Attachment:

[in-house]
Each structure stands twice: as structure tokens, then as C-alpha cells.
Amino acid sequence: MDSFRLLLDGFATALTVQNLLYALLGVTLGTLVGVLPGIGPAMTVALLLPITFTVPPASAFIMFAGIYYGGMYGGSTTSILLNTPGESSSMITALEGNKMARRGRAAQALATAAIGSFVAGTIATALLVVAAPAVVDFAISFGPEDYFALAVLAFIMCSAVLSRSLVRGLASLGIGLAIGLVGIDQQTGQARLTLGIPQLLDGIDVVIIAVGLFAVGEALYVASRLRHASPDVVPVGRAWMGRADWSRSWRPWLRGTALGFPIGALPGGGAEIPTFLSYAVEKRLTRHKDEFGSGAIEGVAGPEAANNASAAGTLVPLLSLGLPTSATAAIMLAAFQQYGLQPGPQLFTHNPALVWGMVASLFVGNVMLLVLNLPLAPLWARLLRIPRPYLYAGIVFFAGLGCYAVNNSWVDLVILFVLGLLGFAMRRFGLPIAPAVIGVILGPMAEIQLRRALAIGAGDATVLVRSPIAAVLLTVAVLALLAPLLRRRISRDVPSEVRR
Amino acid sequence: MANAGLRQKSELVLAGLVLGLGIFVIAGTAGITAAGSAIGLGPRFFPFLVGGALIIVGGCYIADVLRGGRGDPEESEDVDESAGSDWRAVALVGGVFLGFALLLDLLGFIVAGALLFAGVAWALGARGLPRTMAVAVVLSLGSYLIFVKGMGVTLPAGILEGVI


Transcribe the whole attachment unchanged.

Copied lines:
[in-house]
Each structure stands twice: as structure tokens, then as C-alpha cells.
Amino acid sequence: MDSFRLLLDGFATALTVQNLLYALLGVTLGTLVGVLPGIGPAMTVALLLPITFTVPPASAFIMFAGIYYGGMYGGSTTSILLNTPGESSSMITALEGNKMARRGRAAQALATAAIGSFVAGTIATALLVVAAPAVVDFAISFGPEDYFALAVLAFIMCSAVLSRSLVRGLASLGIGLAIGLVGIDQQTGQARLTLGIPQLLDGIDVVIIAVGLFAVGEALYVASRLRHASPDVVPVGRAWMGRADWSRSWRPWLRGTALGFPIGALPGGGAEIPTFLSYAVEKRLTRHKDEFGSGAIEGVAGPEAANNASAAGTLVPLLSLGLPTSATAAIMLAAFQQYGLQPGPQLFTHNPALVWGMVASLFVGNVMLLVLNLPLAPLWARLLRIPRPYLYAGIVFFAGLGCYAVNNSWVDLVILFVLGLLGFAMRRFGLPIAPAVIGVILGPMAEIQLRRALAIGAGDATVLVRSPIAAVLLTVAVLALLAPLLRRRISRDVPSEVRR
Amino acid sequence: MANAGLRQKSELVLAGLVLGLGIFVIAGTAGITAAGSAIGLGPRFFPFLVGGALIIVGGCYIADVLRGGRGDPEESEDVDESAGSDWRAVALVGGVFLGFALLLDLLGFIVAGALLFAGVAWALGARGLPRTMAVAVVLSLGSYLIFVKGMGVTLPAGILEGVI